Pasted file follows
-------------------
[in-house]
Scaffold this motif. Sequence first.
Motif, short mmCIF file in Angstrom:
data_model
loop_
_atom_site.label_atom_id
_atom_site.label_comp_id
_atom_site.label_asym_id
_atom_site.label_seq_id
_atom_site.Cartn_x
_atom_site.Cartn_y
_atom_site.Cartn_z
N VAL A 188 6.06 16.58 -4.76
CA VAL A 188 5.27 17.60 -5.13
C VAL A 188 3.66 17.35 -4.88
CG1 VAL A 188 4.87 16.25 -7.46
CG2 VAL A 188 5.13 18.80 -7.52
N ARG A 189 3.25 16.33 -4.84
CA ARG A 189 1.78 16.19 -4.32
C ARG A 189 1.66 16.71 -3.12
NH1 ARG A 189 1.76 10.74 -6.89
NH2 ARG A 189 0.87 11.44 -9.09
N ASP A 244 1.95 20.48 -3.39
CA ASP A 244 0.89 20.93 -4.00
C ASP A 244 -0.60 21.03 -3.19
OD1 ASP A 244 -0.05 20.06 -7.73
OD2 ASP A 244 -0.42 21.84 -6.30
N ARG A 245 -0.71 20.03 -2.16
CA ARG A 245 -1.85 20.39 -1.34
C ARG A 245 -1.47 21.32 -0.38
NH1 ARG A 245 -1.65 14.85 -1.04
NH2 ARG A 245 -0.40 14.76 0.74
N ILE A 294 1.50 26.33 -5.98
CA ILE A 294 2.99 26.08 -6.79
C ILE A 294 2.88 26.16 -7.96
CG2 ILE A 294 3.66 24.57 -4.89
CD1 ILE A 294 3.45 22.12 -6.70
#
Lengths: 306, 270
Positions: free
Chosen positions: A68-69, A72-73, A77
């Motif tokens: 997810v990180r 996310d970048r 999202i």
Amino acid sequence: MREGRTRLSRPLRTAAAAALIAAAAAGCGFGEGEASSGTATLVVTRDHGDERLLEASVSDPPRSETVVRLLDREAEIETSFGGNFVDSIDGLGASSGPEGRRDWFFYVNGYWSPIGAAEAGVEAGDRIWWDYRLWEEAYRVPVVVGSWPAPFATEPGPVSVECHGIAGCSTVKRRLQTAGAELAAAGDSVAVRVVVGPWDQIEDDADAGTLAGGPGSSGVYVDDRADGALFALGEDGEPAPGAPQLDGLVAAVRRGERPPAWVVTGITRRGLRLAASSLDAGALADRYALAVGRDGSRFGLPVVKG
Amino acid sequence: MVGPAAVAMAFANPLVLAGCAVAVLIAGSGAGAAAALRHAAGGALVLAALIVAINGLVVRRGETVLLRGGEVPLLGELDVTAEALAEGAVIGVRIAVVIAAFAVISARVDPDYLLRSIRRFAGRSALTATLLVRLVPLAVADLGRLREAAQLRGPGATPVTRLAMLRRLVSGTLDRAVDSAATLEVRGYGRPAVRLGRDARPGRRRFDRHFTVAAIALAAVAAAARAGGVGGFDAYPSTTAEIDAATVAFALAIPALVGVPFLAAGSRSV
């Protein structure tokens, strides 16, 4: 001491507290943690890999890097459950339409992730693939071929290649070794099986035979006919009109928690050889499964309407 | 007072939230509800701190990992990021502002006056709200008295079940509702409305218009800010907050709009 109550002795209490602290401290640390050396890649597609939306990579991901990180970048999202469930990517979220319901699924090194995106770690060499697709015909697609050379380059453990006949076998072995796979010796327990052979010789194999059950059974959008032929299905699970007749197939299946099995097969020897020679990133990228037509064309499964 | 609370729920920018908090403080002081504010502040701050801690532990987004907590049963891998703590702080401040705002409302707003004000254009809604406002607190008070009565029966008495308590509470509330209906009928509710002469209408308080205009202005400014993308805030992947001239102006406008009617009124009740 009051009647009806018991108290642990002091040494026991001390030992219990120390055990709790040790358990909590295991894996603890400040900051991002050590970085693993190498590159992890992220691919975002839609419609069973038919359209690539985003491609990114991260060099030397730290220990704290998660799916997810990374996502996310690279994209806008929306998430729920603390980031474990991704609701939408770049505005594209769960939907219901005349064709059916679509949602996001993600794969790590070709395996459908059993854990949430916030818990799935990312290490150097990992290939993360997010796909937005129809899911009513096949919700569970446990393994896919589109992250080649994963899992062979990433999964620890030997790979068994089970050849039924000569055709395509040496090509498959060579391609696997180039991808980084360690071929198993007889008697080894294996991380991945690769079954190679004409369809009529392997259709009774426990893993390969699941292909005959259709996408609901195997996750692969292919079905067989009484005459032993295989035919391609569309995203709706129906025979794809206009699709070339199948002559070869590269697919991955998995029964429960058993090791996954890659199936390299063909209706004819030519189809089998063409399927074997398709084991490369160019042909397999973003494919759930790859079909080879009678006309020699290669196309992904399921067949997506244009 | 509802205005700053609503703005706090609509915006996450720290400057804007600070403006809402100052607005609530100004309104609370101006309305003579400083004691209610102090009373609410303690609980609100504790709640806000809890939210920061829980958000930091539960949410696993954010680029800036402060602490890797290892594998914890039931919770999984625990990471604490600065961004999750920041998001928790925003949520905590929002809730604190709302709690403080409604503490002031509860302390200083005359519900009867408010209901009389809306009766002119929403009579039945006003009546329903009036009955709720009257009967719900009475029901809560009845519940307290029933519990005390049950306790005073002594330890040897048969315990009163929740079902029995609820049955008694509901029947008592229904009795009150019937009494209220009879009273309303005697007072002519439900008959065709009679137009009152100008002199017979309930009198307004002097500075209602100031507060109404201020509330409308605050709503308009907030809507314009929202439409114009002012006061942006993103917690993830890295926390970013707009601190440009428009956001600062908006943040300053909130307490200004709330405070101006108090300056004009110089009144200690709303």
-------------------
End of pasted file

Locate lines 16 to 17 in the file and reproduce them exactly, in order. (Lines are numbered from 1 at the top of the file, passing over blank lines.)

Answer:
CG1 VAL A 188 4.87 16.25 -7.46
CG2 VAL A 188 5.13 18.80 -7.52